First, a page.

I always make sure that Alice hears how good she is at working out and wanting the best for her riders when she needs to, because it's one of her biggest strengths; it also means that she feels the sting of a stingy dressage judge very keenly, so I try to be ready for that too. This autumn hasn't been easy for me (this is why), but Alice has been there to propel me, gently but firmly, through it, including looking after one of my riders at a training day demo when I unexpectedly needed to be elsewhere. It's a good feeling, knowing that there's always someone in your corner. I think our corner might actually be the same corner.
"Burden" is a strange word: it implies a load that is unwelcome, and therefore heavy. Giving a lot of yourself to an organisation like RDA does mean that you carry some sort of burden, but for the most part it isn't the bad kind: it's more that it's just consistently present. We all need a break from carrying things, even if they are things we love carrying. Having some sort of sidekick is, I think, an excellent strategy for spreading some of the load. In terms of our communications endeavours, for instance, running a social media profile is the sort of thing that is (and should be) fun to do. There are definitely times, however, that it's a relief to have somebody else at the reins, because a busy week at work or a holiday have let posting that adorable video from the last half term pony day slip to a healthily low priority level. Alice and I have also developed a talent for replying to messages on social media in a manner which means very few people can tell who they are talking to: we can jump in and out of the same conversation according to how our separate days are going (sorry if we've confused you personally...). And if things have been tough, frustrating, or just a bit too full on, we're big believers in the old "problem shared/problem halved" mantra. No matter how busy my life gets, I always seem to be in the right place (sat eating toast in my dressing gown or something) at the right time when Alice finishes up her Wednesday night RDA routine and needs a bit of a debrief. We're in it for the other's ups and downs as much as our own. Our own loads haven't changed in size because of it, but somehow it makes them easier to carry.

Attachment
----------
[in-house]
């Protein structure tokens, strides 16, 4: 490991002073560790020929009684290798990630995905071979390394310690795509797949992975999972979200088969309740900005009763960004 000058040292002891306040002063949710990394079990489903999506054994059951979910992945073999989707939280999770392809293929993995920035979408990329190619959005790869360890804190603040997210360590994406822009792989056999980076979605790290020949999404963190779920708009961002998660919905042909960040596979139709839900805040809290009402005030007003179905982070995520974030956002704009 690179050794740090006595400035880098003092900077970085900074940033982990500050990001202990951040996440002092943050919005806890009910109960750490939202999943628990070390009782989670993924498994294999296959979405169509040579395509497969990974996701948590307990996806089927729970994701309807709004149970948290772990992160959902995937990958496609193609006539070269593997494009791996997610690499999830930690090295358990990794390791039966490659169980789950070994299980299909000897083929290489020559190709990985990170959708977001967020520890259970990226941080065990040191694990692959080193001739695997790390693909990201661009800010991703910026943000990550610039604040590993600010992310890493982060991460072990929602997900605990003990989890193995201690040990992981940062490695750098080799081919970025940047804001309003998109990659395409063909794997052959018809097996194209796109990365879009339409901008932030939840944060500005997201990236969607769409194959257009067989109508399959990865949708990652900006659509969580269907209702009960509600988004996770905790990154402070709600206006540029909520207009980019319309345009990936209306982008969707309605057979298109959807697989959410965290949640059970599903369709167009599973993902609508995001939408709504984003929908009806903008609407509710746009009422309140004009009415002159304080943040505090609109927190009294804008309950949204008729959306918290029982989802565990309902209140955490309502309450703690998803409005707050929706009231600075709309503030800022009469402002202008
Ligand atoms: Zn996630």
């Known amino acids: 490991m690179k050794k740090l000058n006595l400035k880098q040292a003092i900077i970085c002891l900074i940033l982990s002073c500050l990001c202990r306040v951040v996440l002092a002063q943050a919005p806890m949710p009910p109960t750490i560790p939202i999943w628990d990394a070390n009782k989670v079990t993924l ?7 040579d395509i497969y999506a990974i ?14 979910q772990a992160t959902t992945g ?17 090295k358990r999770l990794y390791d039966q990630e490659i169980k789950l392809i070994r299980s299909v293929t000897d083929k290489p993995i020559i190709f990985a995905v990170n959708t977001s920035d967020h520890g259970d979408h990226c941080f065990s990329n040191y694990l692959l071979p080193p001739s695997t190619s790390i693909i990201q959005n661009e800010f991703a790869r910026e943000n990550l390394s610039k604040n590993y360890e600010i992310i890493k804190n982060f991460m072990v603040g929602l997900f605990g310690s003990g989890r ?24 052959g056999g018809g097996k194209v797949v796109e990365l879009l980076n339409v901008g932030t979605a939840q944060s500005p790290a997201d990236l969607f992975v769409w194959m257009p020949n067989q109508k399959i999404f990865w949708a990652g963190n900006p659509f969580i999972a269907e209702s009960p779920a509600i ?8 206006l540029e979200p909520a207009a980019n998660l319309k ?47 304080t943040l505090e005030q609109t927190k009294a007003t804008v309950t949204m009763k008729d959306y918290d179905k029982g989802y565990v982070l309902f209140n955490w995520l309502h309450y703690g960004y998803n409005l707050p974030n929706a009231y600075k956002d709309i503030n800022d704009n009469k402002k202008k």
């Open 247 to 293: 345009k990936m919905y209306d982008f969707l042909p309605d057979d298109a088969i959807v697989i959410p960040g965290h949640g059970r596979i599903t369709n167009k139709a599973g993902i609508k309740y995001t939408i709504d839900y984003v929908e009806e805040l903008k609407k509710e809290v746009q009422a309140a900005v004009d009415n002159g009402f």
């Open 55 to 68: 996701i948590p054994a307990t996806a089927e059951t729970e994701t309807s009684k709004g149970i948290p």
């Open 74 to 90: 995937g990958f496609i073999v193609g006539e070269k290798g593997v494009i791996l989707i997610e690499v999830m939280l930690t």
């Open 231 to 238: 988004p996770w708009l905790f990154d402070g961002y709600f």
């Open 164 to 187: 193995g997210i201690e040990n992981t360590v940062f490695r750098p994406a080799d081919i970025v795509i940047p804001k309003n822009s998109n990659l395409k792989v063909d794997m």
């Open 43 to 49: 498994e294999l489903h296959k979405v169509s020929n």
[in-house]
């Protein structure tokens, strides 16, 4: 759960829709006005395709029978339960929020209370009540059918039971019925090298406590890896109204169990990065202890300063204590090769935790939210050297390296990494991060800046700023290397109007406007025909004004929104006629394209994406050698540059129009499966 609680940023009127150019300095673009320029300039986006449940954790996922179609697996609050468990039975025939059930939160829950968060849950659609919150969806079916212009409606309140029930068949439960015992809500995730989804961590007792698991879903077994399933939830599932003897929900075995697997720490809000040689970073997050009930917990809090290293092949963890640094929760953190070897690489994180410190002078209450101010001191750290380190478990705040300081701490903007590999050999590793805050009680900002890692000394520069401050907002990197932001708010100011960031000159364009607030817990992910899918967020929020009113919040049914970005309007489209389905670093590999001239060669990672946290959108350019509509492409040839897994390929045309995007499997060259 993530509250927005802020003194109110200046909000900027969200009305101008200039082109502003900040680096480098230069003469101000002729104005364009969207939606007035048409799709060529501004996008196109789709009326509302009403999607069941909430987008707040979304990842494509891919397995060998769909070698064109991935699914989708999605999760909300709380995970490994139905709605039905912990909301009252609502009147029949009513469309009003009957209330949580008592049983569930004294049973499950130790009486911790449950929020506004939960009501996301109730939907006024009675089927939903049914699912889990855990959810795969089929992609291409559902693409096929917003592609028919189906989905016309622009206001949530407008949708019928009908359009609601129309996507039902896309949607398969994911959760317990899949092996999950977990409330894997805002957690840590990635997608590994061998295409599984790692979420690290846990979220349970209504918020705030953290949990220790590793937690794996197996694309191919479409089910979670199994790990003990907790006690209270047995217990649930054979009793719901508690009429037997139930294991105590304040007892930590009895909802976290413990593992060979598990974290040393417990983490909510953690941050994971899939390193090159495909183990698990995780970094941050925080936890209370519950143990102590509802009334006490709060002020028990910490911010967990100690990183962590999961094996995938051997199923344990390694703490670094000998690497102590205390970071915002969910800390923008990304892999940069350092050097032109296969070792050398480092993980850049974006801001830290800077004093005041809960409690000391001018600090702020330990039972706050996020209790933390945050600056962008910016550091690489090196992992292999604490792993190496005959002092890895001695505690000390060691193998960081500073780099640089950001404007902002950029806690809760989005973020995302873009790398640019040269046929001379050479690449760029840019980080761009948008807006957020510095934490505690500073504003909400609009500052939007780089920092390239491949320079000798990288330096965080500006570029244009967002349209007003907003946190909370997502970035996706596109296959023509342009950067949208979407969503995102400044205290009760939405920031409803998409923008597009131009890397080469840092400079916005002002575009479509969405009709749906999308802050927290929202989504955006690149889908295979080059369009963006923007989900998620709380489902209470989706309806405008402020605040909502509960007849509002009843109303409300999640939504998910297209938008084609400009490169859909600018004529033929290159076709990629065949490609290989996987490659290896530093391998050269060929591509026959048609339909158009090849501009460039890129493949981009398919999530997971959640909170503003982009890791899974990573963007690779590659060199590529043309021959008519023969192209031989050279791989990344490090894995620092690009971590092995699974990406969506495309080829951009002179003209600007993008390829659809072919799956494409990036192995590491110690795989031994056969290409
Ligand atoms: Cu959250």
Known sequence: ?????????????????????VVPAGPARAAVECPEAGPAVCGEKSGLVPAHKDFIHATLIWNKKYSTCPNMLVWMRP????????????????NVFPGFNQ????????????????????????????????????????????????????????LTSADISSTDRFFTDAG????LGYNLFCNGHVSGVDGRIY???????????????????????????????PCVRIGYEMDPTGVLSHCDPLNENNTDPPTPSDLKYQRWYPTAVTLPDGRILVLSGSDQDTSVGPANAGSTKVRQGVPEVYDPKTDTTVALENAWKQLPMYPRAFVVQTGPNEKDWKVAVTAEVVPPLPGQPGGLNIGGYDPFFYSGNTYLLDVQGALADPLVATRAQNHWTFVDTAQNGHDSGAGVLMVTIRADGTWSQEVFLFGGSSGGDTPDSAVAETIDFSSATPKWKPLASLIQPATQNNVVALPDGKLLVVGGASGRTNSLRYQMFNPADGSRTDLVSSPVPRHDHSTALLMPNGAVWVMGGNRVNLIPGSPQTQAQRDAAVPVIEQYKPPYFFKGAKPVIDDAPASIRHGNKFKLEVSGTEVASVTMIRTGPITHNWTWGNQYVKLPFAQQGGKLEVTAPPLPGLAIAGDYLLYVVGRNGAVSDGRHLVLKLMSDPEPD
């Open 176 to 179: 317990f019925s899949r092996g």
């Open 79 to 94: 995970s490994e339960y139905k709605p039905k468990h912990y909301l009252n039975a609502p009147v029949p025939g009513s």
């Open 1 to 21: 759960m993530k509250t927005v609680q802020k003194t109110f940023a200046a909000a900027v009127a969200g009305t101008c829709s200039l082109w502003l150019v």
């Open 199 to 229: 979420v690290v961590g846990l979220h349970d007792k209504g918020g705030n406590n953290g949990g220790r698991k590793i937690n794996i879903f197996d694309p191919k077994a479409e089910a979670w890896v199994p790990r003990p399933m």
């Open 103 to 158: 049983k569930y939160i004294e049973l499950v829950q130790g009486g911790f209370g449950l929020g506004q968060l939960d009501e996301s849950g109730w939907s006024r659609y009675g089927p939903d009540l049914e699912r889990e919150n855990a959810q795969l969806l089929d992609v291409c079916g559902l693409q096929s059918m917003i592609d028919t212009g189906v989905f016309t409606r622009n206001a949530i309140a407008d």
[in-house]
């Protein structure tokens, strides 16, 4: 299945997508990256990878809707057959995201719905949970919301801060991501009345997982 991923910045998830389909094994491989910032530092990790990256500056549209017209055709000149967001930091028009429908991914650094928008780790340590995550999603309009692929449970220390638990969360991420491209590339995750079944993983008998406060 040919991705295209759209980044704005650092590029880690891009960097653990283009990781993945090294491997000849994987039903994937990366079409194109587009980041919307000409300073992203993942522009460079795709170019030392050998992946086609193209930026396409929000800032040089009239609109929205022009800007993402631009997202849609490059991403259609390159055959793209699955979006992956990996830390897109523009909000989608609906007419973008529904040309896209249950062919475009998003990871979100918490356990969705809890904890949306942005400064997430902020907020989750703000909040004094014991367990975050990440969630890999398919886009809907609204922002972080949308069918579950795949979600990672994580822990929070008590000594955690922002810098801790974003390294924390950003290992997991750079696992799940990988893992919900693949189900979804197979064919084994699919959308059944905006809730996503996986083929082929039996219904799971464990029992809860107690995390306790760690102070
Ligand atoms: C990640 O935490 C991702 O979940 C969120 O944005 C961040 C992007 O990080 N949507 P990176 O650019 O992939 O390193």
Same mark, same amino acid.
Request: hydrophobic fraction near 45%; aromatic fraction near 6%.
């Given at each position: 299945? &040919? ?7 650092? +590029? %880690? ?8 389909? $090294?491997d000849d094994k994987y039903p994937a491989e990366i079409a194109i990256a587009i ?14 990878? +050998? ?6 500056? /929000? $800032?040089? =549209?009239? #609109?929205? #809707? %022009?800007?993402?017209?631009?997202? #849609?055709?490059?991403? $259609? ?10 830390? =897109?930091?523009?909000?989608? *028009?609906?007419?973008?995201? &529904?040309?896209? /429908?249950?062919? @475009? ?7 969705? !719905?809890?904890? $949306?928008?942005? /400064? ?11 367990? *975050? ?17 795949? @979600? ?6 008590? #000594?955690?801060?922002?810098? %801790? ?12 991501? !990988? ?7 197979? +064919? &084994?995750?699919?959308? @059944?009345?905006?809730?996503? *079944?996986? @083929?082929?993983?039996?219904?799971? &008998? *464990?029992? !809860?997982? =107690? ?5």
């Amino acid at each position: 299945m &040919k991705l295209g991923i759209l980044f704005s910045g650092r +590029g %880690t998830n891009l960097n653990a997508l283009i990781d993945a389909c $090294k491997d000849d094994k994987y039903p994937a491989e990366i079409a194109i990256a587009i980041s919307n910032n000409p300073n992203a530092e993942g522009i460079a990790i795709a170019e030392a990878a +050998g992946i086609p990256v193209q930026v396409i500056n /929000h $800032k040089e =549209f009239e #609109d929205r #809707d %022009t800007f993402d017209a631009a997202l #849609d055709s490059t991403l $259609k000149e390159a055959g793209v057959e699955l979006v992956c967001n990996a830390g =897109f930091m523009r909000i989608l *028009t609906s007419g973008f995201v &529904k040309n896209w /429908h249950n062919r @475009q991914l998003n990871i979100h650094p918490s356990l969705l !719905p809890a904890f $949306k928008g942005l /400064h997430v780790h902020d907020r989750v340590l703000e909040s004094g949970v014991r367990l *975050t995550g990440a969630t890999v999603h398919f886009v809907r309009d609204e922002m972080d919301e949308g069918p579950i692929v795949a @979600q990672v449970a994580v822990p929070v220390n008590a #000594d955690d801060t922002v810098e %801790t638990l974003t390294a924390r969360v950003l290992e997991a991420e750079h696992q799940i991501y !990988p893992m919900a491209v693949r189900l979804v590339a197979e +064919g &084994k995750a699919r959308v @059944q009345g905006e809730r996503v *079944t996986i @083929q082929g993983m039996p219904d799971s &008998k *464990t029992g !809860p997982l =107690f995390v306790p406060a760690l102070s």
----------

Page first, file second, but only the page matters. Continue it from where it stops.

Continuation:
Dressing up (whenever it's called for... or not)
One bizarre fancy dress outfit is a curiosity; two is a fashion takeover. That's what we told ourselves when, for Alice's inaugural RDA Nationals in 2018, the disco was "yellow" themed, and we decided that we would attend as Bananas in Pyjamas (see below for evidence). This year's "glitter" theme was too close to our everyday wardrobe choices for a properly coordinated costume, but we are ready to overcommit to whatever next year's theme has to offer. And the year after.
Talking about things that aren't RDA
We managed half an hour once!
|Pretend bananas in real pyjamas|
If you've got a sidekick, a partner in crime, a cheerleader on your yard, remind them how much they are appreciated this week. Alice, I definitely owe you: for being a much loved guest coach for my riders; for driving me places (even when I've not delivered on my navigational promises); for listening patiently to my stream-of-consciousness blog brainstorming sessions; for giving me a good old prod when I need to pull myself together (mainly when I'm crying at shows). Here's to the rest of our chaotic, glittery, utterly rewarding RDA careers: happy birthday!
|We no longer recommend the "glitter parting" due to unreasonably long clear-up time|